Virtual bosons and conservation of energy

by a dull boy
Tags: bosons, conservation, energy, virtual
 P: 32 I read this on a website called Physics for Idiots "If an electron gets near another electron it emits a virtual photon which is absorbed by the second electron and lets it know it need to move away." If a virtual photon is absorbed, doesn't than make it real, and so break conservation of energy? Thanks, Mark
PF Gold
P: 272
 Quote by a dull boy If a virtual photon is absorbed, doesn't than make it real, and so break conservation of energy?
The energy is transferred as momentum, according to wiki:
 we can imagine one particle emitting a virtual particle which is absorbed by the other. The virtual particle transfers momentum from one particle to the other.
More here: http://en.wikipedia.org/wiki/Force_c...icle_viewpoint
 P: 32 If the energy is transferred as momentum, wouldn't that make the virtual particle real? Meaning, if a virtual particle can exist only within the uncertainty principle, and before it disappears transfers momentum to a real particle, where does that momentum come from? I would think this could be a source of unlimited energy, if you could freely transfer momentum from virtual particles to real particles. I must be missing something... Thanks, Mark
 P: 736 Virtual bosons and conservation of energy the momentum the one particle gets is equal to the momentum the other particle is losing....
Mentor
P: 11,576
 Quote by a dull boy If the energy is transferred as momentum, wouldn't that make the virtual particle real?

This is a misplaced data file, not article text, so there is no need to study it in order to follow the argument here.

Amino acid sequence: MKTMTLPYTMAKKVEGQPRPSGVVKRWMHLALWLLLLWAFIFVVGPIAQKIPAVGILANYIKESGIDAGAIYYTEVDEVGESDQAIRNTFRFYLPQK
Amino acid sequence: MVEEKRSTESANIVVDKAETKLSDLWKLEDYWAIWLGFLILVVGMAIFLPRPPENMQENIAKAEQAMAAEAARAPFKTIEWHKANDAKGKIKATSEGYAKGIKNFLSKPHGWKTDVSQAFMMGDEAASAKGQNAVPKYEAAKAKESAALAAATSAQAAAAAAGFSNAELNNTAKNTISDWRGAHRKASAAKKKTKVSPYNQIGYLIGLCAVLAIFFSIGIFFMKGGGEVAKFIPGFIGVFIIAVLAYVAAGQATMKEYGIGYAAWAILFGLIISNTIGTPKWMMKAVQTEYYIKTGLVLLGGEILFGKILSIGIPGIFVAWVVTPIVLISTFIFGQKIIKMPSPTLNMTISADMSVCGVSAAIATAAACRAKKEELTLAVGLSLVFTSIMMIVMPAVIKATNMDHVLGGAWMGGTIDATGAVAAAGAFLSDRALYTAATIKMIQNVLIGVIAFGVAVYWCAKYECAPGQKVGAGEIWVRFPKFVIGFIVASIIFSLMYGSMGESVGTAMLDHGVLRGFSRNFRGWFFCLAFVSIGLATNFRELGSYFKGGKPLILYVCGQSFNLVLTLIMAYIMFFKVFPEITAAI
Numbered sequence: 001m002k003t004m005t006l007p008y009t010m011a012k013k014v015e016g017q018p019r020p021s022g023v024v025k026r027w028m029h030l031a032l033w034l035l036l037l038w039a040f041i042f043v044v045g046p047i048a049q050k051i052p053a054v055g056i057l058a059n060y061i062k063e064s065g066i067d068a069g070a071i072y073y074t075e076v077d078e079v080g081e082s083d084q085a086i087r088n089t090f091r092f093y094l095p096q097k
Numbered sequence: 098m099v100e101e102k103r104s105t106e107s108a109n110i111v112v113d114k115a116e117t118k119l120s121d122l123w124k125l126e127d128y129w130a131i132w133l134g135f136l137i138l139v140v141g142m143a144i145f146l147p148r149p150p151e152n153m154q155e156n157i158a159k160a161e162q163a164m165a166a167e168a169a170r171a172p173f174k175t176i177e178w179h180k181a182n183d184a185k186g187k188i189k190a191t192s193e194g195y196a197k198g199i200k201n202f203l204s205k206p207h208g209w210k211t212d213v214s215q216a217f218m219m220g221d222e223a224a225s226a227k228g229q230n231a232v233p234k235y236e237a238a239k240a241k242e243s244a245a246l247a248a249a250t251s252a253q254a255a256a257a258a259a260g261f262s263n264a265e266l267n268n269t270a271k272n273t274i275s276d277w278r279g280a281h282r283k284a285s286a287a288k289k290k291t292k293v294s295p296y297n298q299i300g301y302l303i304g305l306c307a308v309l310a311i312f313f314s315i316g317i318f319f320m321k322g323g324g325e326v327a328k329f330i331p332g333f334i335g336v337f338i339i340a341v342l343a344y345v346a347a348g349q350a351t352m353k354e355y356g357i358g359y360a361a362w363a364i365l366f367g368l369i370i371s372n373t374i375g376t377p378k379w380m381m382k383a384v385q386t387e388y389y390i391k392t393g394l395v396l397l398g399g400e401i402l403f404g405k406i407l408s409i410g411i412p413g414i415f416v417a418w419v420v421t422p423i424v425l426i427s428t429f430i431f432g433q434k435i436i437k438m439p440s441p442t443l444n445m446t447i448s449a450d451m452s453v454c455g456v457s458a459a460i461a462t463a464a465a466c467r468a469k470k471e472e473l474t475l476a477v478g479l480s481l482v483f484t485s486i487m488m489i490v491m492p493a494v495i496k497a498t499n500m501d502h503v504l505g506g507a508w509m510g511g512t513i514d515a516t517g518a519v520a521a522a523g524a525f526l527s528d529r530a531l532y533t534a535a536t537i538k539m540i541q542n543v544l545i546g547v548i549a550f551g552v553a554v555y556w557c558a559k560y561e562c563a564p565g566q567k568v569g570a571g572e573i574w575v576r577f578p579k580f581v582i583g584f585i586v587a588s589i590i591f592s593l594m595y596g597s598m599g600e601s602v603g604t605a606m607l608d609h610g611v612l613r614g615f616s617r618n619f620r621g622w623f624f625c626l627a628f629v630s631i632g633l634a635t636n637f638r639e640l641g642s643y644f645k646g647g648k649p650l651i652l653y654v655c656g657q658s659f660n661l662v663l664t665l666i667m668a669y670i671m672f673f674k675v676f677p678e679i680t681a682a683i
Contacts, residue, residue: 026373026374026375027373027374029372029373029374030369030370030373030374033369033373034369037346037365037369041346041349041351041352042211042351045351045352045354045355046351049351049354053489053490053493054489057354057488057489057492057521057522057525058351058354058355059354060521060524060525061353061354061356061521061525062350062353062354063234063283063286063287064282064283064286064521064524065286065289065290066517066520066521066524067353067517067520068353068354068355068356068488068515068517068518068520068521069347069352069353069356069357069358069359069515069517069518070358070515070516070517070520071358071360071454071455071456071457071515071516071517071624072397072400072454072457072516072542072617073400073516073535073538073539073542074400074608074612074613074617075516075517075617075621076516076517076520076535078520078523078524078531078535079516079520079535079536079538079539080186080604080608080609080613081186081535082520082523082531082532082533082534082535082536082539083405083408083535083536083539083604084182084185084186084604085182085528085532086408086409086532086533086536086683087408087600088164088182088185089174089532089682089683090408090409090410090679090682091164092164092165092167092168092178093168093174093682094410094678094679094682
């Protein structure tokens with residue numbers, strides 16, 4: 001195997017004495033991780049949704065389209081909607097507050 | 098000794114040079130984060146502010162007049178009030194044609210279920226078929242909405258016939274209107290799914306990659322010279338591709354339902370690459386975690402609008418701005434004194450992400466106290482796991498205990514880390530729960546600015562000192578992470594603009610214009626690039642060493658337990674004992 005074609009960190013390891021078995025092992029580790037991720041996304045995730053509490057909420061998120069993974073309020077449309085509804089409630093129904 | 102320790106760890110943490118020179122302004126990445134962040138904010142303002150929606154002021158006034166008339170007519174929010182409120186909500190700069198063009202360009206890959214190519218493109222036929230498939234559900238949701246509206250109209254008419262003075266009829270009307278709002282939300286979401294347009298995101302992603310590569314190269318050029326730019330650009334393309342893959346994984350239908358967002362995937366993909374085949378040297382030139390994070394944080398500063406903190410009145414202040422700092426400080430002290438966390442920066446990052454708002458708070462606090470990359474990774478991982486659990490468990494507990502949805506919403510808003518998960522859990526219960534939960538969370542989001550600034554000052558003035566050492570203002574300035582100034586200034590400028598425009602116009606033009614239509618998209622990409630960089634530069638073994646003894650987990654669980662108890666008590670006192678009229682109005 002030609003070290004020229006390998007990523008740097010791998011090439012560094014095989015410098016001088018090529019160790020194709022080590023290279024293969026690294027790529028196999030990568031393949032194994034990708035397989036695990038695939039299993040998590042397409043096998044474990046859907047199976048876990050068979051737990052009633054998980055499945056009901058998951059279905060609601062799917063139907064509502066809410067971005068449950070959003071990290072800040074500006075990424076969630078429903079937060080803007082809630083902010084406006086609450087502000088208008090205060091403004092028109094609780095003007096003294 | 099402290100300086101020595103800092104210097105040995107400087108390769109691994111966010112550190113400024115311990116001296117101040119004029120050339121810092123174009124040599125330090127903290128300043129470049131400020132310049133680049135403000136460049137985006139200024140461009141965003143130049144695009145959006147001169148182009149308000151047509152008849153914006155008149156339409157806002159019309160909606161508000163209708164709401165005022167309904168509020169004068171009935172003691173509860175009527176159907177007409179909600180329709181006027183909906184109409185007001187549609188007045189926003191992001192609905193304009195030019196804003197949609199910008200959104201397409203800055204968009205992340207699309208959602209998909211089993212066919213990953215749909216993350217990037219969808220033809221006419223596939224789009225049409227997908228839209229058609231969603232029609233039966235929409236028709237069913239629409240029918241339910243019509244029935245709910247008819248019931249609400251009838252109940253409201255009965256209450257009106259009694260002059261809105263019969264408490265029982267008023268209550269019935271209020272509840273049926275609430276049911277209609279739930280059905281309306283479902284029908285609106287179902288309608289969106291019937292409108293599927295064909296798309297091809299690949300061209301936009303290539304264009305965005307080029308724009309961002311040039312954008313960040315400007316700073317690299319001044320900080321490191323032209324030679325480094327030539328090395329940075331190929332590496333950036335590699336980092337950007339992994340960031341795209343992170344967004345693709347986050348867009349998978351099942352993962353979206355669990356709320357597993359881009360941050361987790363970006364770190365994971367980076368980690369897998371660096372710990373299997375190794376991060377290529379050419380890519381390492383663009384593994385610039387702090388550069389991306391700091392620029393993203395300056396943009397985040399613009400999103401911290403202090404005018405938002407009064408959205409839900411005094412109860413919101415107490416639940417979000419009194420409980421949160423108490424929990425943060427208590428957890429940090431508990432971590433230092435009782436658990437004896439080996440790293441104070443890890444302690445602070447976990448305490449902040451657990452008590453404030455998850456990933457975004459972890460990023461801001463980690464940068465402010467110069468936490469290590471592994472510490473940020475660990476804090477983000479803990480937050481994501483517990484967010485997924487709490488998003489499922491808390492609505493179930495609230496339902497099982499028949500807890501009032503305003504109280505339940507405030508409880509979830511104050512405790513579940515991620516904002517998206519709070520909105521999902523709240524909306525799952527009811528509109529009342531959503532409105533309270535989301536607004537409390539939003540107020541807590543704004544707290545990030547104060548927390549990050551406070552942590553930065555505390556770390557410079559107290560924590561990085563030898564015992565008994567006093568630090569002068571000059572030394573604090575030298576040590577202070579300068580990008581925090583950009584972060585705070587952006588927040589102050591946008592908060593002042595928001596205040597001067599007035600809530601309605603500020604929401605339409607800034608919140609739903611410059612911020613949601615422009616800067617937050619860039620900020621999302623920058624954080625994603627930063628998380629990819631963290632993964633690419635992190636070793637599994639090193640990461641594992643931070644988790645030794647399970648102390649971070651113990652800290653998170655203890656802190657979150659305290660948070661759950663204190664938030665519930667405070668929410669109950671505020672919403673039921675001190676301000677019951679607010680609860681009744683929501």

No. Why should it?
 Meaning, if a virtual particle can exist only within the uncertainty principle, and before it disappears transfers momentum to a real particle, where does that momentum come from?
Momentum is conserved at every interaction point.

 I would think this could be a source of unlimited energy, if you could freely transfer momentum from virtual particles to real particles.
No. Energy and momentum are exactly conserved everywhere.
 P: 354 Actually I have related question; why do cosmologists worry about things like Boltzmann brains and so on? Isn't the idea there that "observers" could fluctuate out of the vacuum (given almost infinite time) and so with an infinity of universes or some such we would have to worry about the probability that we could be such observers? But how does that make sense? Even granted that the vacuum could fluctuate into such a configuration, as stated above this would only be "allowed" for a completely negligible time interval, no matter how long we are allowed to wait for fluctuations. Am I missing something here?
Mentor
P: 11,576
 Actually I have related question; why do cosmologists worry about things like Boltzmann brains and so on?
It would be weird to be one. And there is no reason why a Boltzmann brain should have a memory that looks like the world would follow any specific rules - this would be a very rare coincidence.
 Even granted that the vacuum could fluctuate into such a configuration, as stated above this would only be "allowed" for a completely negligible time interval, no matter how long we are allowed to wait for fluctuations.
Still long enough to wonder about the world. This is very rare, but it could exist.

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